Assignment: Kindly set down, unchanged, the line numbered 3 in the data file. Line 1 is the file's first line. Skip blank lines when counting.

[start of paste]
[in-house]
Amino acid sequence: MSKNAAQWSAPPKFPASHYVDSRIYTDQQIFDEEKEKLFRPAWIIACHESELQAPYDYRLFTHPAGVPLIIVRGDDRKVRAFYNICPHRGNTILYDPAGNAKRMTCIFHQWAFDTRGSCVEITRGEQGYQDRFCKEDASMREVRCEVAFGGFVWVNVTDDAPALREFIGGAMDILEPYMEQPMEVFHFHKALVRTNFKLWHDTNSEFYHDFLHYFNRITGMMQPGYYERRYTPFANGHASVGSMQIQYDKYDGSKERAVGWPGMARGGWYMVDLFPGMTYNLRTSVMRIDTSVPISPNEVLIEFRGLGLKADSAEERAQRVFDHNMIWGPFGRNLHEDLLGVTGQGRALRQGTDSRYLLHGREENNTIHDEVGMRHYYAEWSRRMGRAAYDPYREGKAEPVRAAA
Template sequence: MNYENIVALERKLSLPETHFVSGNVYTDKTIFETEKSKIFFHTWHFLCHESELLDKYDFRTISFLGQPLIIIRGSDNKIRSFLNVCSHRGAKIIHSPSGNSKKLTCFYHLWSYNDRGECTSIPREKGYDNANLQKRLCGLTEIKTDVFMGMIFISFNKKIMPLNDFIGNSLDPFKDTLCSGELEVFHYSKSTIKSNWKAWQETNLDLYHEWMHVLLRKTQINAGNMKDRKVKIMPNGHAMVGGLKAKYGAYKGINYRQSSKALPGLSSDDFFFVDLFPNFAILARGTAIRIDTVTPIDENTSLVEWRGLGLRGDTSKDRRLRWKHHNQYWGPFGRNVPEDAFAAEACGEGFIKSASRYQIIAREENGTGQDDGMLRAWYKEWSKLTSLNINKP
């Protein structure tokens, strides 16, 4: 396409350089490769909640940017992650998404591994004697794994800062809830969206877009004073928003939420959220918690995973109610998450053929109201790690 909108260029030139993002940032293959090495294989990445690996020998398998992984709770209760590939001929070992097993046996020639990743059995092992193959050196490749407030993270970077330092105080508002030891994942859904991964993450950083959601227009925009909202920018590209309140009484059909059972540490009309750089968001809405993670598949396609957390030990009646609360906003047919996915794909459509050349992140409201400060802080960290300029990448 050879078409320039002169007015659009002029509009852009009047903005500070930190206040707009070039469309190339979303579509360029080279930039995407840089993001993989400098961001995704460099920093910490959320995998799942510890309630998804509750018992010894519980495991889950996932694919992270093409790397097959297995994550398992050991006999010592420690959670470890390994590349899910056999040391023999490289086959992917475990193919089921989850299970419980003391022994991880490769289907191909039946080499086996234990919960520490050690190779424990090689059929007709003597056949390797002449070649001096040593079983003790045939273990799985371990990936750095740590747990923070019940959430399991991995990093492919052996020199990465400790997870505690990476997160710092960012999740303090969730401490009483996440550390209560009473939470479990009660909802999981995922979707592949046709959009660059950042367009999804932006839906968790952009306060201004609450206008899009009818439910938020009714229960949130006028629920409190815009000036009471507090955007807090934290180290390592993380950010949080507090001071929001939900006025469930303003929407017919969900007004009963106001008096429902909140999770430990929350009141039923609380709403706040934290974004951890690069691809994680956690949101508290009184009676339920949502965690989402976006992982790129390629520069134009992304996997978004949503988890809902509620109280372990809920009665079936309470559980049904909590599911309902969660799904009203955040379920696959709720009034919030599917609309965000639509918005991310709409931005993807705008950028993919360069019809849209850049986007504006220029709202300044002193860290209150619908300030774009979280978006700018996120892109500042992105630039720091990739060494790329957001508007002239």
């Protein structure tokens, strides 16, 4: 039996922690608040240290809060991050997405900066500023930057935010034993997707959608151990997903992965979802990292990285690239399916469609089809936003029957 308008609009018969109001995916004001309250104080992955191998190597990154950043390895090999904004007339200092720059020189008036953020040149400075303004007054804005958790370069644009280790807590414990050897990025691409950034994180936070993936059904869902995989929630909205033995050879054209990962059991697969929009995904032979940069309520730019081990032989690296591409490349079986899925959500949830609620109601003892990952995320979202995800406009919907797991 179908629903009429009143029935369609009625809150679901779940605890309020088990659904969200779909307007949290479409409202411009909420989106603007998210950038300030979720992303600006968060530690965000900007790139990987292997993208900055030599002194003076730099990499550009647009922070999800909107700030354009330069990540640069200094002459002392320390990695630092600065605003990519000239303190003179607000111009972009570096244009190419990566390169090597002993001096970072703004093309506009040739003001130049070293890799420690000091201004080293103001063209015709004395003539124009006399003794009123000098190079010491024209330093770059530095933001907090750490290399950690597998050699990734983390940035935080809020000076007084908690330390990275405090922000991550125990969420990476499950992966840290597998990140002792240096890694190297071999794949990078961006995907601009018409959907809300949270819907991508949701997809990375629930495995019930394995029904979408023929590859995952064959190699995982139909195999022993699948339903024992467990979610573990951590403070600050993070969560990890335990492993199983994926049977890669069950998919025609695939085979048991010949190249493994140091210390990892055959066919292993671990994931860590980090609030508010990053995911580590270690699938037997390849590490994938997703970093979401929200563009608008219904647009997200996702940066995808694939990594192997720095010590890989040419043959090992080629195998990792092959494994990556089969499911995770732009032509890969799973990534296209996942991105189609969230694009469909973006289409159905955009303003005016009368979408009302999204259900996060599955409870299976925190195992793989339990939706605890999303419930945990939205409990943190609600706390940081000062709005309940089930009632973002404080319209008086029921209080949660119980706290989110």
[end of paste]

Template sequence: MNYENIVALERKLSLPETHFVSGNVYTDKTIFETEKSKIFFHTWHFLCHESELLDKYDFRTISFLGQPLIIIRGSDNKIRSFLNVCSHRGAKIIHSPSGNSKKLTCFYHLWSYNDRGECTSIPREKGYDNANLQKRLCGLTEIKTDVFMGMIFISFNKKIMPLNDFIGNSLDPFKDTLCSGELEVFHYSKSTIKSNWKAWQETNLDLYHEWMHVLLRKTQINAGNMKDRKVKIMPNGHAMVGGLKAKYGAYKGINYRQSSKALPGLSSDDFFFVDLFPNFAILARGTAIRIDTVTPIDENTSLVEWRGLGLRGDTSKDRRLRWKHHNQYWGPFGRNVPEDAFAAEACGEGFIKSASRYQIIAREENGTGQDDGMLRAWYKEWSKLTSLNINKP